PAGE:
Specimen Type 66746-9 vs Specimen Source 31208-2?

What is the difference between these two LOINCs, and why should I choose one over the other?

66746-9 Specimen type:Type:Pt:Specimen:Nom

31208-2 Specimen source:Prid:Pt:XXX:Nom


Hi Doug,

Excellent question. You’ll see 31208-2 has the highest usage noted from the Common US Lab Results ranking (note the ranking hasn’t been updated for close to a decade). It’s been around since v2.07 (a long time). A Presence or Identity property tied to a Specimen Source component indicates the result value is the name of where the specimen came from. There’s not an example answer list with this term. It might denote the location a sterile swab was procured for a culture or antigen detection.

66746-9 on the other hand has information on the details page; there’s a term description and an example answer list. While they may seem identical, I’ll suggest examples to segregate the nuances…

A specimen type may be a wound, while the specimen source may be left upper shoulder.

A specimen type may be synovial fluid, while the specimen source may be right knee.

Hope this helps!


Thanks Pam for the quick reply. This has been bugging me for some time now. The type vs source terminology isn’t necessarily standard - at least in my brain. 66746-9 has some nice documentation on the LOINC search details page, but 31208-2 not so much.

To map this to OBR-15 or SPM then:

66746-9 would go in OBR-15.1 and SPM-4

31208-2 would go in OBR-15.4 and SPM-8

Or put another way, 66746-9 is what you’d send if this is the only specimen information you wish to send. It’s the main specimen observation.

31208-2 is additional (body site?) information you’d send about a specimen, but it should really be a qualifier for 66746-9 (or its proper HL7 field equivalent).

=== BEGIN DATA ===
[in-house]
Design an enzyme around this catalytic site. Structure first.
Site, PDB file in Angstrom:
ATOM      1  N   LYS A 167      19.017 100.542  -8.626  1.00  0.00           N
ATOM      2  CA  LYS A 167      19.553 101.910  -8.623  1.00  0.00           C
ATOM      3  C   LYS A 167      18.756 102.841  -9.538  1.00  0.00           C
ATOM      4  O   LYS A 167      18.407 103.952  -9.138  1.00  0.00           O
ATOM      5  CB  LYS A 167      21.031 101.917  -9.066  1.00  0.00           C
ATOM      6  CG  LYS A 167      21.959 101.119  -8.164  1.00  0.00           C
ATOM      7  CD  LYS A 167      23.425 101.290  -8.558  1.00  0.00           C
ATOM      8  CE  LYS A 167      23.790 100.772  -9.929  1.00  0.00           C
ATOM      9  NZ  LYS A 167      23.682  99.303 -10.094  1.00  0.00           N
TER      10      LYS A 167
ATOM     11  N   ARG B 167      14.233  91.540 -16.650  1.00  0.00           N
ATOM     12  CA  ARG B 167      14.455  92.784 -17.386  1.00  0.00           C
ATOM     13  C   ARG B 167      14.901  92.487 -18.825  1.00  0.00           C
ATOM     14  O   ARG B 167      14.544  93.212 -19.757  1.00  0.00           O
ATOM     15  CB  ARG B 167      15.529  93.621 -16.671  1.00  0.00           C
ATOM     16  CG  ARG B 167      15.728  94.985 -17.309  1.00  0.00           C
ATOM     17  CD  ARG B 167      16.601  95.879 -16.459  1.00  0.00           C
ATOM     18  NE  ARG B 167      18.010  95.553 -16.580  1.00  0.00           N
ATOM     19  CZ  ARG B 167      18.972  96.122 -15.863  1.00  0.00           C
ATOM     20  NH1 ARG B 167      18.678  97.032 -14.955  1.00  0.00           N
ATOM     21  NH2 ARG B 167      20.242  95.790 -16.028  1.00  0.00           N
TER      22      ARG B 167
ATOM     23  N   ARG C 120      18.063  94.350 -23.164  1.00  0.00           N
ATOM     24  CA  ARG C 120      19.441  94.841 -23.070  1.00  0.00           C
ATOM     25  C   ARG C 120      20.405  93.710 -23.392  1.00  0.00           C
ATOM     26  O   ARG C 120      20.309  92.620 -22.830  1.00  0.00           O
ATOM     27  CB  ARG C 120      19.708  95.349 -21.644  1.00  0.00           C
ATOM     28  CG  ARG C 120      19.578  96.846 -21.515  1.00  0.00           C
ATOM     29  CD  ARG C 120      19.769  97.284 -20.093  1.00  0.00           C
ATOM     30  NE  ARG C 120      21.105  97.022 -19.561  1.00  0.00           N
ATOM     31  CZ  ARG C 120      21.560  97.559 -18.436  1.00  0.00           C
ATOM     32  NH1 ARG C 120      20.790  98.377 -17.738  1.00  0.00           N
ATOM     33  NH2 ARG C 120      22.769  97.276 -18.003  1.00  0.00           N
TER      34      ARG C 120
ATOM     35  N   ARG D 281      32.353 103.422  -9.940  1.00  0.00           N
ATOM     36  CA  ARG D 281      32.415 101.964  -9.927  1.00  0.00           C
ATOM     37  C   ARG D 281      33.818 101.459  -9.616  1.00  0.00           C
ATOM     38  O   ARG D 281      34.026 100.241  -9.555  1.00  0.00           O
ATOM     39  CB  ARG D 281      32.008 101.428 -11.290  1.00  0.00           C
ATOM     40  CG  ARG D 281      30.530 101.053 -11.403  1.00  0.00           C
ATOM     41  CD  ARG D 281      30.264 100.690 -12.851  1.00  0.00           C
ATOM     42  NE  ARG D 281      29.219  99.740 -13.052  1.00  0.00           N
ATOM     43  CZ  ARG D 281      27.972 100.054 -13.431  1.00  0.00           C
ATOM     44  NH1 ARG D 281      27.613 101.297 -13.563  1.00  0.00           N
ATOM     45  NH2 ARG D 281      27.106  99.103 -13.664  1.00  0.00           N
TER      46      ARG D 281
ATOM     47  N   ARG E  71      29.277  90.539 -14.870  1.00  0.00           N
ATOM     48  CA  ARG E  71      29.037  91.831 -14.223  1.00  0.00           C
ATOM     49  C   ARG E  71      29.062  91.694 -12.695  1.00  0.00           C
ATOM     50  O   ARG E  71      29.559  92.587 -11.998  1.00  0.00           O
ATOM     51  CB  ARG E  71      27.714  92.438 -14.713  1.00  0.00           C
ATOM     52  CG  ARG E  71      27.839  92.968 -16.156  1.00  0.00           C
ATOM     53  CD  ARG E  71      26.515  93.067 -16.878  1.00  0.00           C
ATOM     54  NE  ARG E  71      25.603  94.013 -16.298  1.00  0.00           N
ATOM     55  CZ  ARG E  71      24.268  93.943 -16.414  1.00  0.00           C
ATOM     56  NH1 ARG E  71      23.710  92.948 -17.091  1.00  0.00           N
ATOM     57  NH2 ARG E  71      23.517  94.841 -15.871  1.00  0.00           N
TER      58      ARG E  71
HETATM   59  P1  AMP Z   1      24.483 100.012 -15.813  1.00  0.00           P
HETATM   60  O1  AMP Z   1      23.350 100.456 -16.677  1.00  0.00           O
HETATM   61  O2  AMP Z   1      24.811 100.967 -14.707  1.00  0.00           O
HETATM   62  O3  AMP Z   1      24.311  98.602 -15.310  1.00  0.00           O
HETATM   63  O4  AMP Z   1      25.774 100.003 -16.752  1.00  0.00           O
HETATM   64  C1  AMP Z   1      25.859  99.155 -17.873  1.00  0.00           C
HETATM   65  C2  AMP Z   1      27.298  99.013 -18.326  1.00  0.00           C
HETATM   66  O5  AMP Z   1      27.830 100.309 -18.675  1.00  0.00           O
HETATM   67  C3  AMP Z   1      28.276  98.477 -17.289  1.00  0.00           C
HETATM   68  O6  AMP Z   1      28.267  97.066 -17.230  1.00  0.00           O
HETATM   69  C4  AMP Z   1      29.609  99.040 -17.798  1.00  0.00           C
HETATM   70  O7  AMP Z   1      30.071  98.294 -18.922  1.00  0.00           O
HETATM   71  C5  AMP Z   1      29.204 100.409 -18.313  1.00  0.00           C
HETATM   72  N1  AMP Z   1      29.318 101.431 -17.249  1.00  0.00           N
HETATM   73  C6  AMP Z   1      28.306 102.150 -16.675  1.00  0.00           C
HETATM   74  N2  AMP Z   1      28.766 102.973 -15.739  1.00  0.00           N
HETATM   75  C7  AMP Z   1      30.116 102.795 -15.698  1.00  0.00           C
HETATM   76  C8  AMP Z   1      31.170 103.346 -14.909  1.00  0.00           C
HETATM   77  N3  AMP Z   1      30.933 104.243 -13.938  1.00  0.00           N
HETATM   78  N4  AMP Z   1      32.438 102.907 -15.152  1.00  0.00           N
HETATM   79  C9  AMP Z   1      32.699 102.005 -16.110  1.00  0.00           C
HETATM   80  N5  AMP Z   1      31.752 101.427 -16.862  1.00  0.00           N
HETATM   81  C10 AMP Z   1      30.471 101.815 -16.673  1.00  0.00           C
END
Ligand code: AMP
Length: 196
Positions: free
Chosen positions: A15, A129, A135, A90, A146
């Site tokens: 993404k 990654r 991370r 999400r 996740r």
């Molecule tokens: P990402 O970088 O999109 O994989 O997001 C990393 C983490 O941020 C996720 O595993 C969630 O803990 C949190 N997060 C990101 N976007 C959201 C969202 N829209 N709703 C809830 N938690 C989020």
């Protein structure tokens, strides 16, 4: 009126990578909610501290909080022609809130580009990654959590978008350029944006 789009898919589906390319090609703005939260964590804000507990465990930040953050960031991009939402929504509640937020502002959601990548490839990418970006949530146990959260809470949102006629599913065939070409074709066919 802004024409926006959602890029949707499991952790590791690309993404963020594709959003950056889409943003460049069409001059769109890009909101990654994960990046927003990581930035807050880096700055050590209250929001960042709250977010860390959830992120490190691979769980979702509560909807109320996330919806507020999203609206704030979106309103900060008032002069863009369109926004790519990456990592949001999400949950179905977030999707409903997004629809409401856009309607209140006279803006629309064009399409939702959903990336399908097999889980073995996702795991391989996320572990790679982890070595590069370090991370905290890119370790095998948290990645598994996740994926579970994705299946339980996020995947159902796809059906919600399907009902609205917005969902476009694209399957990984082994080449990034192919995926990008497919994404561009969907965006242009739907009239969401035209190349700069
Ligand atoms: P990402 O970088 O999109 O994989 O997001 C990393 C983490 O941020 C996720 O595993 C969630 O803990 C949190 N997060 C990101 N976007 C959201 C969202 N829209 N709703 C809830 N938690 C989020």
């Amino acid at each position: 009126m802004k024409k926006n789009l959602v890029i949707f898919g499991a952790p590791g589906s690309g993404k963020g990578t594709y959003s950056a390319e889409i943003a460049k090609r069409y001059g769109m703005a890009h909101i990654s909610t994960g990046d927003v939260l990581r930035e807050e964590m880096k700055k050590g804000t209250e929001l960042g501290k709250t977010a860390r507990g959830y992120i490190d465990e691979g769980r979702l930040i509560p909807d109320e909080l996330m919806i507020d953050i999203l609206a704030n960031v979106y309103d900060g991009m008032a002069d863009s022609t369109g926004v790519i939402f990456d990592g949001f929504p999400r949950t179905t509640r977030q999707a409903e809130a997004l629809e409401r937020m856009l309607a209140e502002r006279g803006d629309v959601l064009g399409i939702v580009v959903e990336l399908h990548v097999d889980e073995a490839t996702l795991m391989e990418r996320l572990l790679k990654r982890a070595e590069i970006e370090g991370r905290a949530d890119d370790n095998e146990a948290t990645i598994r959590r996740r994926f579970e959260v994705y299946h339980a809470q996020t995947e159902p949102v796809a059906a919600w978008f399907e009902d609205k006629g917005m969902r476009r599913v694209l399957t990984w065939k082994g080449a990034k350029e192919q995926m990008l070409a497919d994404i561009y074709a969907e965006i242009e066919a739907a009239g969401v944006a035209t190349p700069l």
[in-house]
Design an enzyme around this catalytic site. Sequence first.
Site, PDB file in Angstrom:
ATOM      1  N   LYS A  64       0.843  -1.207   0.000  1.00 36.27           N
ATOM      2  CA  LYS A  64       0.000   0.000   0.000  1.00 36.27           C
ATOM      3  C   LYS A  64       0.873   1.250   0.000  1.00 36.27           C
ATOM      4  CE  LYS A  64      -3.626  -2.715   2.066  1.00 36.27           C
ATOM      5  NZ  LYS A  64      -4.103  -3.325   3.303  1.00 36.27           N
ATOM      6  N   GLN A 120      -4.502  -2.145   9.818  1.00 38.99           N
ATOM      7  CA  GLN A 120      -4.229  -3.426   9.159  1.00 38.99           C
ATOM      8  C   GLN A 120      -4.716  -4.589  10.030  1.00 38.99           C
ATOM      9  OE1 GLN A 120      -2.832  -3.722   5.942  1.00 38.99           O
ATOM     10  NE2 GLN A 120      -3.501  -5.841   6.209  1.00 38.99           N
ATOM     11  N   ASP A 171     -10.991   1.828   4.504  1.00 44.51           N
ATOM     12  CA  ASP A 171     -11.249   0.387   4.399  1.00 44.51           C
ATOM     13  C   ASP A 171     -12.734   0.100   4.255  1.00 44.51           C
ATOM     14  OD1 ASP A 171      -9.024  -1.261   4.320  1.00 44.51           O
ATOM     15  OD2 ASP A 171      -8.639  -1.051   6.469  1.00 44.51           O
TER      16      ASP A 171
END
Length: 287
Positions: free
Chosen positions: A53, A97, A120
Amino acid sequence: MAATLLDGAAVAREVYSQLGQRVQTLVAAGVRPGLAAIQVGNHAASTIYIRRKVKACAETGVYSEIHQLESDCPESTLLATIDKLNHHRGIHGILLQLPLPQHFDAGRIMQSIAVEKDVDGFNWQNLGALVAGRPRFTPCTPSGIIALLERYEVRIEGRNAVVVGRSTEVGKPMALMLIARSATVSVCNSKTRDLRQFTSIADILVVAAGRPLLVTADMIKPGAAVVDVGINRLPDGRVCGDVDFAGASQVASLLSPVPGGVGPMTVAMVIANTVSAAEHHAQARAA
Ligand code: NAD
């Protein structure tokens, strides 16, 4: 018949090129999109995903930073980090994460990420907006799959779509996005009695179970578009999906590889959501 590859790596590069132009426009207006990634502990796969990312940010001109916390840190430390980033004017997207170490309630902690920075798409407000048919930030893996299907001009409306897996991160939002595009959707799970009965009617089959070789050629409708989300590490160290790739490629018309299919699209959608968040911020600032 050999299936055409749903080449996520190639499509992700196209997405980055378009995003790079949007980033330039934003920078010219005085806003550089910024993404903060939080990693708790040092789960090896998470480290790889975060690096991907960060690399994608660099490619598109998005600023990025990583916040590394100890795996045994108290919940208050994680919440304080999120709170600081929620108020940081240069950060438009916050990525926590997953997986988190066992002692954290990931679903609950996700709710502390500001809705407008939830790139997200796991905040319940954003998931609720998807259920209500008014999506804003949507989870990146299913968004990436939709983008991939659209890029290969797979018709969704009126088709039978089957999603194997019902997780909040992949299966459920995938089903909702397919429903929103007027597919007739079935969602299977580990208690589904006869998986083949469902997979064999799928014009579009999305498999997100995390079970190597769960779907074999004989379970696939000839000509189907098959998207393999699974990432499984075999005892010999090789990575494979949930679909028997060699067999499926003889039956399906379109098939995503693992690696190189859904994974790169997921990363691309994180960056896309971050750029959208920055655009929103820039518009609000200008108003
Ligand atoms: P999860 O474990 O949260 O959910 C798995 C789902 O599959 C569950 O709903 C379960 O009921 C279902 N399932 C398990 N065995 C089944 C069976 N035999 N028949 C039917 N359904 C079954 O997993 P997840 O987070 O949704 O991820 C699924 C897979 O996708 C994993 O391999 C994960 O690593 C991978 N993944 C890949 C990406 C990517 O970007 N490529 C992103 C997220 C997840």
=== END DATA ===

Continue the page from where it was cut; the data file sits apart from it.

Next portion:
Good questions. Specimen Types and Sources are often confused.

A Specimen Type is “what is collected, often transported to teh lab in a specimen container”. It is mapped to SNOMED CT Specimen hierarchy codes for use in US lab messages in the SPM 4 segment for HL7 LOI, LRI, ELR, and HAI implementation guides (and also used in FHIR). It may have a modifier in SPM 5 mapped to a qualifier value SNOMED CT code. These modifiers may be for a post convalescent specimen, or post transfusion reaction specimen.

Specimen Source on the other hand, is the Anatomic Site from which a specimen is collected (where on the body such as for a swab specimen for a wound culture). It is messaged in the SPM 8 field and mapped to a SNOMED CT anatomic body site code (per the LOI, LRI, ELR, HAI guides). It may have a modifier (i.e. Left with a source of Arm) in the SPM 9 field mapped to a SCT qualifier code. FHIR also supports body site.

From your ask, suspect you may have a lab order and results built (such as for many pathology, microbiology, genetics tests) where the order doesn’t specify the specimen or it’s a bit more generic like body fluid, tissue, or any/multiple specimens can be analyzed such as represented in XXX LOINCs. In that case, you may have an Ask at Order Entry (AOE) Question where the person collecting the specimen is required to indicate what the specimen type is or where it was collected from (specimen source). In this case “Specimen Source?” would be mapped to LOINC <span style=“background-color: #fbfbfb; font-family: Lato, Helvetica, Arial, Lucida, sans-serif; font-size: 15.6px;”>31208-2 as you indicate. The value/response sent to the lab and usually reported back as it’s own lab result would be mapped to teh SNOMED CT code(s) as applicable. In some cases, the specimen collection procedure is warranted and messaged in SPM 7 (such as biopsy, venipuncture, etc) and mapped to a Specimen procedure code.</span>

To answer your question on choosing between them, it depends which of the two definitions/contexts apply. Consider the following. For the Wound Culture, a swab is taken of the left ear from an infected piercing. “Ear” is the source. However, if the patient was in a sword fight and lost their ear and it was submitted to pathology as specimen type for analysis, then “Ear” is a specimen. For human and computer usability the different SNOMED CT codes provides the different contexts. Many LISs and EHRs also represent these terms in different dictionaries supporting one of the SCT hierarchy maps or the other so they are distinct. Also the terms are used to populate the appropriate HL7 message fields appropriately. I have seen labs mix the two up so “head,” “neck,” or “back” terms are listed as specimen types. However, they can only be submitted once on a patient and it’s likely from an autopsy procedure. It would be more common to see these as specimen sources (for micro/cultures, genetics, etc.)

Some of the newer LOINC User Guides such as micro also discuss these codes/terms.